Best for Women: Gregory Deva

The large undercarriage straps were useful for carrying gear that was expected to get unusually mucky.

Key Features

  • Capacity for a Medium: 65 liters (Baltoro); 60 liters (Deva)
  • Weight: 4.9 pounds (Baltoro); 4.5 pounds (Deva)
  • Baltoro Torso Fit: 16 to 21 inches
  • Deva Torso Fit: 14 to 20 inches
  • Pockets: Three top lid pockets, one side stretch pocket, one water bottle holder, front mesh pocket, two front zip pockets, two hip belt zip pockets
  • Adjustment Points: Attached hip belt, shoulder straps, load lifters, adjustable back panel, sternum strap
  • Comfortable up to 50 pounds (as reported by the testers)
  • Warranty: Limited lifetime warranty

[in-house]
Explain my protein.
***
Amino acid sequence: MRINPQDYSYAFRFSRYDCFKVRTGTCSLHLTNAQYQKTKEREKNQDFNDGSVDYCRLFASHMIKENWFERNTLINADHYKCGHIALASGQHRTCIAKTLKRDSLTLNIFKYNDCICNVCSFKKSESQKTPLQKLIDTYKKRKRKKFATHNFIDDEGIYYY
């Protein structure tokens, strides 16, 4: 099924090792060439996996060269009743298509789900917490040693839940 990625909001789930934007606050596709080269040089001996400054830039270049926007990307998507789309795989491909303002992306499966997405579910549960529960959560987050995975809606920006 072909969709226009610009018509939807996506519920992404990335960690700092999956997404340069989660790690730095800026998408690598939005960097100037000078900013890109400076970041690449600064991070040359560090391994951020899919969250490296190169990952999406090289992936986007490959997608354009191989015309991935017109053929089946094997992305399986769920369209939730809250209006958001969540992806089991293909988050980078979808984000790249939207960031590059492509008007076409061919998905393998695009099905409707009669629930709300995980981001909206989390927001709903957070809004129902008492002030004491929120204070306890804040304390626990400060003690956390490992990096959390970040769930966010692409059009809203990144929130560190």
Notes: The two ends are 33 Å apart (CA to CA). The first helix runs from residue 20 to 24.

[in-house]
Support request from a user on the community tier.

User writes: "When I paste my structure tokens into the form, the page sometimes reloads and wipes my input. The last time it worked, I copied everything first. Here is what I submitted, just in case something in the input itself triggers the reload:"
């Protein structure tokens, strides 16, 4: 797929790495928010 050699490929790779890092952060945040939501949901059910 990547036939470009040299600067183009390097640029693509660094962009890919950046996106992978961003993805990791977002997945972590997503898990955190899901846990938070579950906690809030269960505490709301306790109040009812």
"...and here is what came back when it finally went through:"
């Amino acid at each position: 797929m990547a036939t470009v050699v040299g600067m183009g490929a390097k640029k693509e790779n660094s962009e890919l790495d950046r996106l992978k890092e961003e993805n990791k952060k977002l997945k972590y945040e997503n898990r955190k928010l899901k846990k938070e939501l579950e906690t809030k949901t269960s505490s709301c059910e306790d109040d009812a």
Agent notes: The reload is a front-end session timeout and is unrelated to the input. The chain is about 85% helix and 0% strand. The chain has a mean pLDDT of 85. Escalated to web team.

Pros

  • Thoughtful design elements, including a dedicated water bottle pouch
  • Contoured hip belt works well with typically feminine bodies

Cons

  • Velcro back panel is easy to inadvertently create a lopsided profile
  • Precurved hipbelt was uncomfortable for our male tester

If the Deuter Aircontact Core fit the lone male tester great, while leaving the two female testers struggling, the Gregory Baltoro and Deva were the opposite. Boyle tested the men’s version of this pack (the Baltoro), and reported that, despite being quite padded, the hipbelt felt tight against his hips. Part of this was that the curved shape was somewhat misaligned with his frame; at one point, leaving his phone inside the hipbelt pocket resulted in a bruise. 

It was easier to skew the alignment of the Gregory Baltoro’s back panel than I would have liked.
Use extra care to ensure the back panel is aligned when using Velcro to adjust the torso lengths of backpacking backpacks. Laura Lancaster